Scattered over the area are some thickets of gorse and broom, as well as a number of small woods and copses. Most of these were planted towards the end of the 19th century as a response to efforts by the Epping Forest Committee to break up what was perceived as a monotonous area of grassland. Together with the many trees lining the roadsides and some avenues, they do add greatly to the diversity of tree species to be found. Older than these is an avenue of trees in the NW portion of the Flats, running from close to Ferndale Road in Leytonstone to Bush Wood. This is known as Evelyn's Avenue, planted by John Evelyn (Author of "Sylva, or a discourse of Forest-trees") on the instructions of Sir Josiah Child after he had purchased the estate. It formed one of a number of such avenues radiating from Wanstead House. Originally consisting of sweet-chestnuts and forming one of the main approaches to Wanstead House, it is remarkable that so much of this is still visible after 300 years.
Nearly all the perimeter of Wanstead Flats has a ditch, often with a bank, to prohibit vehicular access. The only vehicles normally allowed are service vehicles and bicycles. Horses may be taken onto the Flats and are supposed to keep to bridle paths marked by posts. There is considerable pedestrian traffic because of the large number of people living nearby and the availability of the area for activities such as the flying of model aircraft and kites, bird watching, botanizing and the exercising of people and dogs; this must have some effect on the ecology of the area. Fishing in Alexandra Lake is no longer undertaken and model boating in the old Model Yacht Pond ceased when the pond no longer retained water.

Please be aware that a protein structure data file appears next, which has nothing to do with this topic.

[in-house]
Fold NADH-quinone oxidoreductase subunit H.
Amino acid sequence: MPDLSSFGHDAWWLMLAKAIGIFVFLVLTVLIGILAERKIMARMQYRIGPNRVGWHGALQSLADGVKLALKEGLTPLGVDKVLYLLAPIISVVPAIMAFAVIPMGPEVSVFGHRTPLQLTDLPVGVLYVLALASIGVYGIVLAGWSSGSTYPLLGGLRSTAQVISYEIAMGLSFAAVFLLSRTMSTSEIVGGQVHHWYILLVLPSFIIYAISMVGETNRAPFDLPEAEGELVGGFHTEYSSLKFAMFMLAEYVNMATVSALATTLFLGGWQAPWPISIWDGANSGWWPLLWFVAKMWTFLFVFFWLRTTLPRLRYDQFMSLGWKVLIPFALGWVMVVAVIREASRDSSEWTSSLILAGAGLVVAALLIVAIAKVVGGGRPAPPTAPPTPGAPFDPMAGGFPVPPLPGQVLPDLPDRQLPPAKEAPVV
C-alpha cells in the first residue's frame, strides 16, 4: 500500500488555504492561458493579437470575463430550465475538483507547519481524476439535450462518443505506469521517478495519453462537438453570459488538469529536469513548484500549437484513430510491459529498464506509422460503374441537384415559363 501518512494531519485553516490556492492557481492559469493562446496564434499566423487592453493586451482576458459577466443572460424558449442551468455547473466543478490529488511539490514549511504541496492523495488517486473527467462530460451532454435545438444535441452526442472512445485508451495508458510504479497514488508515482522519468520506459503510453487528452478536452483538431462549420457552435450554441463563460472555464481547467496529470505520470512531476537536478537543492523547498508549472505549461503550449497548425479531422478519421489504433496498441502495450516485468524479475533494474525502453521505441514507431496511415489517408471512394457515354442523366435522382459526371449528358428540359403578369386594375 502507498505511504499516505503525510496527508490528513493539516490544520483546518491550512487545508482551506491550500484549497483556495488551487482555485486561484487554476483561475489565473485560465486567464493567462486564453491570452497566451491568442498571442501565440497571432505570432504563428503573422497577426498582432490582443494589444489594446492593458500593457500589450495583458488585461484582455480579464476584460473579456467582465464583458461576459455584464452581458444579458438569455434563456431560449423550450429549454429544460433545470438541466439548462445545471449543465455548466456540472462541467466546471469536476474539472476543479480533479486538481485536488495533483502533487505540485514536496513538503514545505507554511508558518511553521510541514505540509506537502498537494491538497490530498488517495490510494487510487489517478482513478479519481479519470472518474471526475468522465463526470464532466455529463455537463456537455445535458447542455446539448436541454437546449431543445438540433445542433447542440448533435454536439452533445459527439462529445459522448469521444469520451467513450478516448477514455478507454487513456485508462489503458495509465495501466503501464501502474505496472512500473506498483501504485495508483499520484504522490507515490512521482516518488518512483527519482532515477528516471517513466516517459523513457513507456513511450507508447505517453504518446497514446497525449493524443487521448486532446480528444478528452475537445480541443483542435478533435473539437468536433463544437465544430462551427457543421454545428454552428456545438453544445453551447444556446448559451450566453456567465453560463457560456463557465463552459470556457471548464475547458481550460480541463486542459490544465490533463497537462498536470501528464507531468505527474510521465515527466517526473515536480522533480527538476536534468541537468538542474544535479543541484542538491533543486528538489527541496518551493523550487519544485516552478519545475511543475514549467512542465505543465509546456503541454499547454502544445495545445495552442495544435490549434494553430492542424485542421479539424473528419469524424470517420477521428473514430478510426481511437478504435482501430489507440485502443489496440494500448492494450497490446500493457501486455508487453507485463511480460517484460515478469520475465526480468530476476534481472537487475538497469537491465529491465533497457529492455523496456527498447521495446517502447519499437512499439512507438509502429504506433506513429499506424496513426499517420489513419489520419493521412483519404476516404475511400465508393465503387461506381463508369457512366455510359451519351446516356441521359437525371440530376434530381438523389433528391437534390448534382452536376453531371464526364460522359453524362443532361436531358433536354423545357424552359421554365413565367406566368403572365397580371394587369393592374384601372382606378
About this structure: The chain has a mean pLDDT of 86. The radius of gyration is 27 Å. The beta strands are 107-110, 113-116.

From the times when Wanstead Flats was used to assemble cattle from the long cattle droves, through to the end of local cattle grazing in 1996, through those years when the Flats was regarded as an inhospitable and wild place to the early 20th century when it was a popular recreation area, through the wartime when gun emplacements and prisoners of war were held here to post war pre-fab housing and increasing sports facilities - the Flats have had many uses. They have also had many abuses - some already mentioned - and threats. The use of the Flats for housing is an issue that re-occurs from time to time - most recently when housing was permitted for a time post-war. Pipe lines have had to be laid - a gas pipe from the vicinity of Angell's Pond to near Park Road, Aldersbrook, and in 2008 a water-desalination pipe-line from Beckton to Woodford, which crosses Wanstead Flats almost from end to end, east to west. In the summer of 2008 a cycle-route was proposed, traversing parts of the Flats including from near Angell's Pond to Capel Road Changing Rooms and then diagonally across to Aldersbrook Road. Like the proposal a few years ago to provide evening sports facilities by Aldersbrook Road, the suggestion even included lighting. From the mid 1800's people have vehemently opposed numerous proposals to radically change the Flats. It is important that these issues are monitored and oppositions to unwelcome changes are made - not just for the people that appreciate Wanstead Flats, but for the vast amount of wildlife that lives there - including a healthy population of a rare London bird - the skylark.